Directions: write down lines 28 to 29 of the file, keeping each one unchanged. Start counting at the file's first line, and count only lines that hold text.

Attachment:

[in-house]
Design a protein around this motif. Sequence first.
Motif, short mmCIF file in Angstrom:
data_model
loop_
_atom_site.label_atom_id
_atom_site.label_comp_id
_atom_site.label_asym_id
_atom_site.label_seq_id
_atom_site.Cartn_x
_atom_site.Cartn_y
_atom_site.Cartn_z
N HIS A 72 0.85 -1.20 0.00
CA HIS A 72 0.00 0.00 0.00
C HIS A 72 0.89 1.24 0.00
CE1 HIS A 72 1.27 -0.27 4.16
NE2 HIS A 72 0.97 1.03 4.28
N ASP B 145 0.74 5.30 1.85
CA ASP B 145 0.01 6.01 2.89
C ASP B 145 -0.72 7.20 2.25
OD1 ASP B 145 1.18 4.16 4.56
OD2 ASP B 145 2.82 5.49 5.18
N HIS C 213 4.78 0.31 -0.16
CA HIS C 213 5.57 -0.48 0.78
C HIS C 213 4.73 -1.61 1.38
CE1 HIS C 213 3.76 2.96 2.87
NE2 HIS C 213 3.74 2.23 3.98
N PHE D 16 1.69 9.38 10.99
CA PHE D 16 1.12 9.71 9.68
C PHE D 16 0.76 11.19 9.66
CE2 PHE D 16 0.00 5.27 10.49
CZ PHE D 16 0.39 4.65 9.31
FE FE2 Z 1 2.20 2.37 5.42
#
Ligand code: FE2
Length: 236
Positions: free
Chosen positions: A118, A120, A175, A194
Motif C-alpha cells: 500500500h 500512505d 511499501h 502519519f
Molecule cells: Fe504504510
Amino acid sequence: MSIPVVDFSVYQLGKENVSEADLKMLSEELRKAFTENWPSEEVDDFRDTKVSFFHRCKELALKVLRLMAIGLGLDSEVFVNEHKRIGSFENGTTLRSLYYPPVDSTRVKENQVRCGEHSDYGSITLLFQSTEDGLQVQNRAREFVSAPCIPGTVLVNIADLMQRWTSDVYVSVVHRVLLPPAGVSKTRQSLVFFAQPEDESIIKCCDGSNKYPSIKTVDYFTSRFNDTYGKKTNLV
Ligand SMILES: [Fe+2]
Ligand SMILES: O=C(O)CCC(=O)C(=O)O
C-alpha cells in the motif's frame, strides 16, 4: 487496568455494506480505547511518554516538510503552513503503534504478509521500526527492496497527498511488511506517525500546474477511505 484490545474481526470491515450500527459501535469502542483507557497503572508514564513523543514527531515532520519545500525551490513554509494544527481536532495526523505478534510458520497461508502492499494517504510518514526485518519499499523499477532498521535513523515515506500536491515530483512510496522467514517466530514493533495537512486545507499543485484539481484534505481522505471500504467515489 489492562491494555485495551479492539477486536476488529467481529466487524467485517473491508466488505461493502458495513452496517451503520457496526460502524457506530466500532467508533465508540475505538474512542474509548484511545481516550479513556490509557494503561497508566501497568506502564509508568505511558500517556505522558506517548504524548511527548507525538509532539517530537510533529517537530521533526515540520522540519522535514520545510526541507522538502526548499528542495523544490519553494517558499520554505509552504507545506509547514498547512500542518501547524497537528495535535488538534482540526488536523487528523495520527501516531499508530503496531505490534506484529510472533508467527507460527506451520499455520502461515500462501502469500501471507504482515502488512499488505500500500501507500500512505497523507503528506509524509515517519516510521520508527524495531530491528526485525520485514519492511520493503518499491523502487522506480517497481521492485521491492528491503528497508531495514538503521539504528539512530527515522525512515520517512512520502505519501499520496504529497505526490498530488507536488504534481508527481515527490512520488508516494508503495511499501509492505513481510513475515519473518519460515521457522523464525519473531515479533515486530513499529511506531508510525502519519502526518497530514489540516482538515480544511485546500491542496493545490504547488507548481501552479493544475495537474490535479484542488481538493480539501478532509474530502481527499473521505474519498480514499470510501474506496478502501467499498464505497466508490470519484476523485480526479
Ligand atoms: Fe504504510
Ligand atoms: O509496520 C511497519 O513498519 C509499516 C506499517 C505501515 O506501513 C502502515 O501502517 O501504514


N PHE D 16 1.69 9.38 10.99
CA PHE D 16 1.12 9.71 9.68